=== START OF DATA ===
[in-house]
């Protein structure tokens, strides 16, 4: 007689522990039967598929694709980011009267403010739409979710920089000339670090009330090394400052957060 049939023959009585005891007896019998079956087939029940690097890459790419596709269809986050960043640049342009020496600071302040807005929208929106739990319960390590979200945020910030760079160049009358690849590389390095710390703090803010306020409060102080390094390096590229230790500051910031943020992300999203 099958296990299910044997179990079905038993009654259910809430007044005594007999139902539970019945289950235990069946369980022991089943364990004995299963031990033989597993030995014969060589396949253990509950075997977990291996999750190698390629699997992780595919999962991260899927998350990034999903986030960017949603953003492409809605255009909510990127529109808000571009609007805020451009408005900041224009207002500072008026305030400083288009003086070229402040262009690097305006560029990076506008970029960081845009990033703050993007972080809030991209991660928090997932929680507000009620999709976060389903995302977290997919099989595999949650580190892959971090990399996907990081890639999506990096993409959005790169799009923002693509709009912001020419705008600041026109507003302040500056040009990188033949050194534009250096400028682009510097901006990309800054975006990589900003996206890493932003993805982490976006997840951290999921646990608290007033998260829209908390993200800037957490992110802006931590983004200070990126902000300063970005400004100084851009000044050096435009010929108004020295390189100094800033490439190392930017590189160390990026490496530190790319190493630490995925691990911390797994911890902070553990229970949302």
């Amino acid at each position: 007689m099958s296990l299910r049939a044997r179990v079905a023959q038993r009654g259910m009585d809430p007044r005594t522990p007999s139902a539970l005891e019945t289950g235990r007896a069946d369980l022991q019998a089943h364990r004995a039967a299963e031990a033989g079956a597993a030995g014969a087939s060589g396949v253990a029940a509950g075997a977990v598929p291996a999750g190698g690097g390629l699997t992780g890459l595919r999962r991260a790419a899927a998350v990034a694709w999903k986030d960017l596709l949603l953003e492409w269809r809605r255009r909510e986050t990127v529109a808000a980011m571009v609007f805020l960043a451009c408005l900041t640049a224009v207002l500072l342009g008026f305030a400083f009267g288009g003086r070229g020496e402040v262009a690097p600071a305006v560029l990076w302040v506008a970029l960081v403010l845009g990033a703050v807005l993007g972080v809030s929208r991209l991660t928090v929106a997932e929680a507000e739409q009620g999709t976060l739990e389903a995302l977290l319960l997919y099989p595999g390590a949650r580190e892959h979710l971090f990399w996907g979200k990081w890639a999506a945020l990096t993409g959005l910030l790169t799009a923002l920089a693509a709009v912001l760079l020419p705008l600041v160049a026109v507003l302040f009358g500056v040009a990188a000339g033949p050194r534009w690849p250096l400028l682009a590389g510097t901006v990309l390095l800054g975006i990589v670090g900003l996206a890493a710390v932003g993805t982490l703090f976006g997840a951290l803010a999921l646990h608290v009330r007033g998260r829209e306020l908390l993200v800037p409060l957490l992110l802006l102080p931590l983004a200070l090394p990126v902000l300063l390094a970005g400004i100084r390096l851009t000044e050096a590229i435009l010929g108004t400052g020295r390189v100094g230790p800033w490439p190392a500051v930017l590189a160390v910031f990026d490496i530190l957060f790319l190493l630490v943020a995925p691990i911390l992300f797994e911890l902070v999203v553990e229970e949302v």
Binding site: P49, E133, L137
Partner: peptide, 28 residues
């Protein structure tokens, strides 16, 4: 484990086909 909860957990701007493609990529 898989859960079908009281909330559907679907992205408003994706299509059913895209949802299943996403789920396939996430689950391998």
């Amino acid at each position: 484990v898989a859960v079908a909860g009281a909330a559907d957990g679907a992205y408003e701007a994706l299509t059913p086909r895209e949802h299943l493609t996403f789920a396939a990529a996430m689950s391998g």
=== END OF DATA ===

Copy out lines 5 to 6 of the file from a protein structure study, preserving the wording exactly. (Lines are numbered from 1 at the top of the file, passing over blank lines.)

Partner: peptide, 28 residues
């Protein structure tokens, strides 16, 4: 484990086909 909860957990701007493609990529 898989859960079908009281909330559907679907992205408003994706299509059913895209949802299943996403789920396939996430689950391998």